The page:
Keen on starting his career in the Queensland Police Service (QPS), Meem got the truly unique opportunity to spend one-on-one time with those who are currently leading Queensland justice. This included the Attorney-General, the Department of Justice and Attorney-General (DJAG) Director-General, the State Coroner, the Queensland Corrective Services (QCS) Commissioner, judges and magistrates, as well as a range of law and justice agencies such as the DJAG policy unit, the Supreme Court Library, QPS prosecutions and areas within QCS, including the Academy.
Before starting my degree, I could not wait to start learning about the field of justice. After years of studying, you reach a point where you forget why you began and where it is going to take you in the future. Luckily enough, I was given the opportunity to be a part of the Justice Journeys program which reinstalled my passion and love for the criminal justice system, teaching me so many invaluable lessons and giving me a clear direction of where I want to go in my life. I can confidently say that this was one of the most significant and inspirational experiences I’ve had in my life and I could not be more thankful to receive this opportunity.
When this journey began, I really had no idea what to expect. The first couple of days I spent meeting with and shadowing key public figures, such as the Commissioner of Queensland Corrective Services (QCS), the Attorney-General and the Director-General. These experiences were unbelievable and absolutely exceeded my expectations. I was able to sit and talk to them individually about their views of the criminal justice system (CJS), their backgrounds, how they got to their positions and the challenges they face on a day to day basis. It was unbelievable to see how each of them brought a different perspective, faced different challenges in their line of work, and all had unique backgrounds and traits which allowed them to succeed in their profession.
The QCS Commissioner focused on issues around overpopulation of prisons, challenges correctional officers face dealing with the differences between male and female prisoners, and the issues around infants in custody with their mothers. These are challenges and aspects of corrections which I and most of the general public would not usually think about or consider on a daily basis, but these issues are on the frontline of corrections work.
Shadowing and meeting with the Attorney-General was an extraordinary experience, as I witnessed her daily duties and busy schedule being both the Attorney-General and a member of parliament. Meeting with her staff gave me a new perspective on policy work. It helped me to understand that policy is what drives and makes the underlying change of all criminal justice work, and how important it is to make sure that they get it right. On the other hand, the Director-General spoke a lot about the philosophy of law, challenges in the legal system and investigating new pathways for offender intervention.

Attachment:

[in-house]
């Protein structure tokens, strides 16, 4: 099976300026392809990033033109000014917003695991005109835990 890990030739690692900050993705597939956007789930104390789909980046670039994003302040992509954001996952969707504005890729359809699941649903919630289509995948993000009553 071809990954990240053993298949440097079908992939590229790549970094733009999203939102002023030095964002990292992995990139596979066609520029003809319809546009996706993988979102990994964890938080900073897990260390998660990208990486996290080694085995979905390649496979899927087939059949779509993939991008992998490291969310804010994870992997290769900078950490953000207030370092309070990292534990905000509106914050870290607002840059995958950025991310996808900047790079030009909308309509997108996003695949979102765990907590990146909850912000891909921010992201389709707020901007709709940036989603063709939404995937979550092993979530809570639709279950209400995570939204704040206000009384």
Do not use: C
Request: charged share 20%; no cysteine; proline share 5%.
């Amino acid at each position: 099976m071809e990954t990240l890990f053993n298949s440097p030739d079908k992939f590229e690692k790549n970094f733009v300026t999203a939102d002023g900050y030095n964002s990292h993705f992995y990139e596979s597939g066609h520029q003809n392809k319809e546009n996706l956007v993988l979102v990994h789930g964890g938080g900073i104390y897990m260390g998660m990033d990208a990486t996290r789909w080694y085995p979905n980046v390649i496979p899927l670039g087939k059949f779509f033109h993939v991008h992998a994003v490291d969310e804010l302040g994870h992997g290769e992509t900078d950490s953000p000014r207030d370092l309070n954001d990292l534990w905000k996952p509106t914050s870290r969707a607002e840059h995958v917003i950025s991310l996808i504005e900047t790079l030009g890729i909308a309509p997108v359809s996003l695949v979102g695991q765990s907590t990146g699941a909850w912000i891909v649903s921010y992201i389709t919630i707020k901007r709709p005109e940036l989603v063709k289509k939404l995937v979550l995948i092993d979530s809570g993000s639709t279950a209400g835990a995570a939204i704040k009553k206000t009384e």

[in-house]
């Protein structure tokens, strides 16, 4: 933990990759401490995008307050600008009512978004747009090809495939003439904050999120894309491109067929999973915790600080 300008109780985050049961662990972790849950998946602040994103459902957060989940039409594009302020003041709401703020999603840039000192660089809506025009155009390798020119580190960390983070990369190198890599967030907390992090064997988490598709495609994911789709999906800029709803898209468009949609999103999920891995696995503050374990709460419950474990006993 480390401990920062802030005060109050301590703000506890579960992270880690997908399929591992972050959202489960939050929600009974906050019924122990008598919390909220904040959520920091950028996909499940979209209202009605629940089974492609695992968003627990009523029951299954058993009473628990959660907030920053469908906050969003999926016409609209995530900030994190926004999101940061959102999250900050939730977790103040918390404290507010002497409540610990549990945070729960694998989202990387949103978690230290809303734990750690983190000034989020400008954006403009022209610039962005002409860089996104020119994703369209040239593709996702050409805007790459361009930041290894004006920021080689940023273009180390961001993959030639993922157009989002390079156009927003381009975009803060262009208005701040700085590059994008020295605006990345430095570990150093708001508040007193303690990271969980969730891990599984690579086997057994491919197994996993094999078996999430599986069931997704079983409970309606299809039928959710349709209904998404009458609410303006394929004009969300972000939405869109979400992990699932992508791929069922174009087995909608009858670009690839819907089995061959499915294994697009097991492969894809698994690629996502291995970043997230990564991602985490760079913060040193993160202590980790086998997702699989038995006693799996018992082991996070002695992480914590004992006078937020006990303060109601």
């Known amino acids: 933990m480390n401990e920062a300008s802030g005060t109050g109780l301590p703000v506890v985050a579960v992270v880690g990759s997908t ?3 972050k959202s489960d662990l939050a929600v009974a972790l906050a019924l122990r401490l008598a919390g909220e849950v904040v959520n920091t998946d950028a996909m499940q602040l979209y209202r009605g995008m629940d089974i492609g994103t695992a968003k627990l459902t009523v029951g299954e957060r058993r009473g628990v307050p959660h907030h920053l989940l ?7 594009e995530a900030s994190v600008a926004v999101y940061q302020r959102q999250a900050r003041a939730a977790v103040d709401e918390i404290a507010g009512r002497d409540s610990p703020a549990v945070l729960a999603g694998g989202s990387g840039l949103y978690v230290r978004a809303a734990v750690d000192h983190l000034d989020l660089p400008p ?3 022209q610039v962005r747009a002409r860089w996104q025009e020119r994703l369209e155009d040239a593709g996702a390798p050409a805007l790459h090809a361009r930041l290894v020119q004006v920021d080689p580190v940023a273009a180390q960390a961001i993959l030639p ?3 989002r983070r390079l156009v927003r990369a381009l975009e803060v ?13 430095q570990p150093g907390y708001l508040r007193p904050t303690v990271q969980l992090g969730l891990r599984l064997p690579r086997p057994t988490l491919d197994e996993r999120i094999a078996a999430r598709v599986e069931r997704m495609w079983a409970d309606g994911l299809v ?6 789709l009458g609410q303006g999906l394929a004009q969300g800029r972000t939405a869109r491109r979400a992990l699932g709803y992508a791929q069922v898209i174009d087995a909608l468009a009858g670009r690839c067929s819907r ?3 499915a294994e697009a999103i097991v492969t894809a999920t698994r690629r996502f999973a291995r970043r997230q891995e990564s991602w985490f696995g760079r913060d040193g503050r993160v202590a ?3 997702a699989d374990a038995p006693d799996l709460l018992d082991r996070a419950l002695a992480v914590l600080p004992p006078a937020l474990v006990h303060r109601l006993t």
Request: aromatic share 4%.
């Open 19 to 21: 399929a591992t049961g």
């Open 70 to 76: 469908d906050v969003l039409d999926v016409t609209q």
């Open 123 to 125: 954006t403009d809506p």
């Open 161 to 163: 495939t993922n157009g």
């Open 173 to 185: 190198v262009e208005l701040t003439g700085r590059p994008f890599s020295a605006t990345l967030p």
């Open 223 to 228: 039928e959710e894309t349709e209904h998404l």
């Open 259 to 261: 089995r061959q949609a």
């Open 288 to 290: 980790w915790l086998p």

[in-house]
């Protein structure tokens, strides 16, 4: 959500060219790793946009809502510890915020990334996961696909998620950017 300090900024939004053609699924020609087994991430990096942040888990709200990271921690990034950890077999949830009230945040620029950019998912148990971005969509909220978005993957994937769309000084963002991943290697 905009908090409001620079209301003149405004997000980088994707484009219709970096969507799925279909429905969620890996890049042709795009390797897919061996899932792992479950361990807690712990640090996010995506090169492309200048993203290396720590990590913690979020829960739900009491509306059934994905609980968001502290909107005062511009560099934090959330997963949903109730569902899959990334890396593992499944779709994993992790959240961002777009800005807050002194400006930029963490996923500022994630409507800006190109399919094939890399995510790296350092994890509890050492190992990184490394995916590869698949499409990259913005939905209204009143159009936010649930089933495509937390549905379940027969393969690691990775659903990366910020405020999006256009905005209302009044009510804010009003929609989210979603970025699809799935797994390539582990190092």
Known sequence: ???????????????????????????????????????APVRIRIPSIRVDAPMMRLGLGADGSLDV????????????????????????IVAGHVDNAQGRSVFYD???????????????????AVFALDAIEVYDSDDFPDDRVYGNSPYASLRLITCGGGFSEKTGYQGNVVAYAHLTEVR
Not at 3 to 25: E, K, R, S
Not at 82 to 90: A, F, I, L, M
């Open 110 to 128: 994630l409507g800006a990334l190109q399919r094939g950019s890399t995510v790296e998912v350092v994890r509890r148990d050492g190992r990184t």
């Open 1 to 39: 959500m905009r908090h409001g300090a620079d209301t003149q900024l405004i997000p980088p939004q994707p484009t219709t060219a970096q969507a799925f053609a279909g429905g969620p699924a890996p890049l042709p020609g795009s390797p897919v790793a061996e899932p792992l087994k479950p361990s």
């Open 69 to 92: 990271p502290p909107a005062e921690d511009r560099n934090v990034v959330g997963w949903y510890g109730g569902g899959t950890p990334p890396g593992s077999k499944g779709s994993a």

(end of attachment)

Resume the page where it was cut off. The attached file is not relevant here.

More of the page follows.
The rest of my justice journey involved time spent at the Supreme Court Library, the QCS Academy, the Police Prosecutions and the Strategic Policy team. During my time with the Police Prosecutions team, I learnt a lot about the prosecution process by shadowing prosecutors as they prepared evidence, witnesses and dealt with defendants at court. At the same time, spending time with the Case Conferencing team gave me an insight into the behind the scenes work that goes into preparing a case.
At the Queensland Corrective Services Academy, I was given a tour of the training facilities and the adjacent Brisbane Correctional Centre. This gave me a completely different insight in to how the justice system attempts to rehabilitate and deal with offenders once they have been sentenced. It was interesting to see how these highly skilled officers work with prisoners, including those that are high profile or high risk, and how some of these offenders are monitored after their release from custody.
Meeting and learning from professionals in each different area gave me a clear insight into the career direction I would like to pursue. I consider myself extremely fortunate to have been given this opportunity to see all areas of the justice system and learn how they all work together as one. This justice journey allowed me to get an in-depth experience of each area of the CJS, understanding their complexities, challenges and major differences between one another. It taught me that a degree in criminal justice can open many avenues for you and where you start off is only the beginning of your journey. It reminded me the reason I began my studies in criminology and psychology is to make a difference, whether it be to rehabilitate a single offender or make the community a safer place. As unique as every area of the CJS is, that is one shared goal they all uphold and strive towards.